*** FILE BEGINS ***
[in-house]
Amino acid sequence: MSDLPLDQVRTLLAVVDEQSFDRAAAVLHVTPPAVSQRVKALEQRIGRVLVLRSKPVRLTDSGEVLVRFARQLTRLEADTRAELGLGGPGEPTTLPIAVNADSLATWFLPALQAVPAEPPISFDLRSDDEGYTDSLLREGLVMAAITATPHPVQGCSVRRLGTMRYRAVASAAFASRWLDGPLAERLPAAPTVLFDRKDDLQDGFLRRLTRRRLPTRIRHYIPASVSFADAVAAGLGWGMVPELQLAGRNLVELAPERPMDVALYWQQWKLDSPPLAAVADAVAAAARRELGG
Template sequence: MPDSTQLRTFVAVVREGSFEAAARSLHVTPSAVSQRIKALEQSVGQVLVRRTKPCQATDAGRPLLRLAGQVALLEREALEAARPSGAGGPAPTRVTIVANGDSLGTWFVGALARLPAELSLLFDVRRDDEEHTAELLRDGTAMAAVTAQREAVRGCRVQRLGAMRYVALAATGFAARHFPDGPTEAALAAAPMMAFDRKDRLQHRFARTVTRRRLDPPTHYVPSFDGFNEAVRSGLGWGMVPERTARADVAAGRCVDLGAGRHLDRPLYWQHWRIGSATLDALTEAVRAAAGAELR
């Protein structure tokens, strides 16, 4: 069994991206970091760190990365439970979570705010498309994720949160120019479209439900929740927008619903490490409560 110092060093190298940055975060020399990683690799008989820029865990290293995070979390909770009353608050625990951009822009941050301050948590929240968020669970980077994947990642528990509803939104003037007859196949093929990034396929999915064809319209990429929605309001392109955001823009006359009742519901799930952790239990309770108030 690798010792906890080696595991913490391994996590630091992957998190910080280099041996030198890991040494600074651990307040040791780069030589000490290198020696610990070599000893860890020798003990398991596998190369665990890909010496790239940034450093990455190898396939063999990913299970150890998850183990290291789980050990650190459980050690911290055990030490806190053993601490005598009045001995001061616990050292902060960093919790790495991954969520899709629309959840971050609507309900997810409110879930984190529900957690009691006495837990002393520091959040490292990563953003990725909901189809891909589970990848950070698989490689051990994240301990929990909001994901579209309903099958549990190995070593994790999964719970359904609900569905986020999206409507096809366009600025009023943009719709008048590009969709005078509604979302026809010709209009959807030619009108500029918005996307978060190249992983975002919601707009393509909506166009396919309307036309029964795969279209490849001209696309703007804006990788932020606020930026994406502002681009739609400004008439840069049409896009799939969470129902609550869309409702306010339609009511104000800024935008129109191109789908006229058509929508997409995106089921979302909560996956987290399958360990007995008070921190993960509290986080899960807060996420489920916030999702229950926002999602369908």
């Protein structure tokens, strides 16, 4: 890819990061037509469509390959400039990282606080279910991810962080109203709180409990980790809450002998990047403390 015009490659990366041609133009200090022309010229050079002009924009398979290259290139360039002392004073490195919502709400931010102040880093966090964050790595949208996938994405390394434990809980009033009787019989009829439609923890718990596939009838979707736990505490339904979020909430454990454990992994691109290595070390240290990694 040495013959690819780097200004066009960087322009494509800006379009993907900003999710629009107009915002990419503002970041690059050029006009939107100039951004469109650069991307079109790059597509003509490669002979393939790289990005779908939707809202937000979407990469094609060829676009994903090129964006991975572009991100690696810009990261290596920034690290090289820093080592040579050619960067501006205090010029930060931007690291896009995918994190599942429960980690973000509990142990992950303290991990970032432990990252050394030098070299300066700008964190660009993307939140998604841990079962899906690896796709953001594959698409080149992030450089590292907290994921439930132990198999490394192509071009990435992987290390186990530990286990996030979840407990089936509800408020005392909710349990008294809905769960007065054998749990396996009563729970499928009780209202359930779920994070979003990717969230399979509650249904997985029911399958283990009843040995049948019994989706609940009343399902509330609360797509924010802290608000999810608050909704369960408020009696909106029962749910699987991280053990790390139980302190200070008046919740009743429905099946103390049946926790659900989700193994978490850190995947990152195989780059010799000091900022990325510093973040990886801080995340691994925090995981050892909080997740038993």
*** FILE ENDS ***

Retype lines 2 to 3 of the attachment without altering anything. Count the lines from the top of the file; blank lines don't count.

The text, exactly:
Amino acid sequence: MSDLPLDQVRTLLAVVDEQSFDRAAAVLHVTPPAVSQRVKALEQRIGRVLVLRSKPVRLTDSGEVLVRFARQLTRLEADTRAELGLGGPGEPTTLPIAVNADSLATWFLPALQAVPAEPPISFDLRSDDEGYTDSLLREGLVMAAITATPHPVQGCSVRRLGTMRYRAVASAAFASRWLDGPLAERLPAAPTVLFDRKDDLQDGFLRRLTRRRLPTRIRHYIPASVSFADAVAAGLGWGMVPELQLAGRNLVELAPERPMDVALYWQQWKLDSPPLAAVADAVAAAARRELGG
Template sequence: MPDSTQLRTFVAVVREGSFEAAARSLHVTPSAVSQRIKALEQSVGQVLVRRTKPCQATDAGRPLLRLAGQVALLEREALEAARPSGAGGPAPTRVTIVANGDSLGTWFVGALARLPAELSLLFDVRRDDEEHTAELLRDGTAMAAVTAQREAVRGCRVQRLGAMRYVALAATGFAARHFPDGPTEAALAAAPMMAFDRKDRLQHRFARTVTRRRLDPPTHYVPSFDGFNEAVRSGLGWGMVPERTARADVAAGRCVDLGAGRHLDRPLYWQHWRIGSATLDALTEAVRAAAGAELR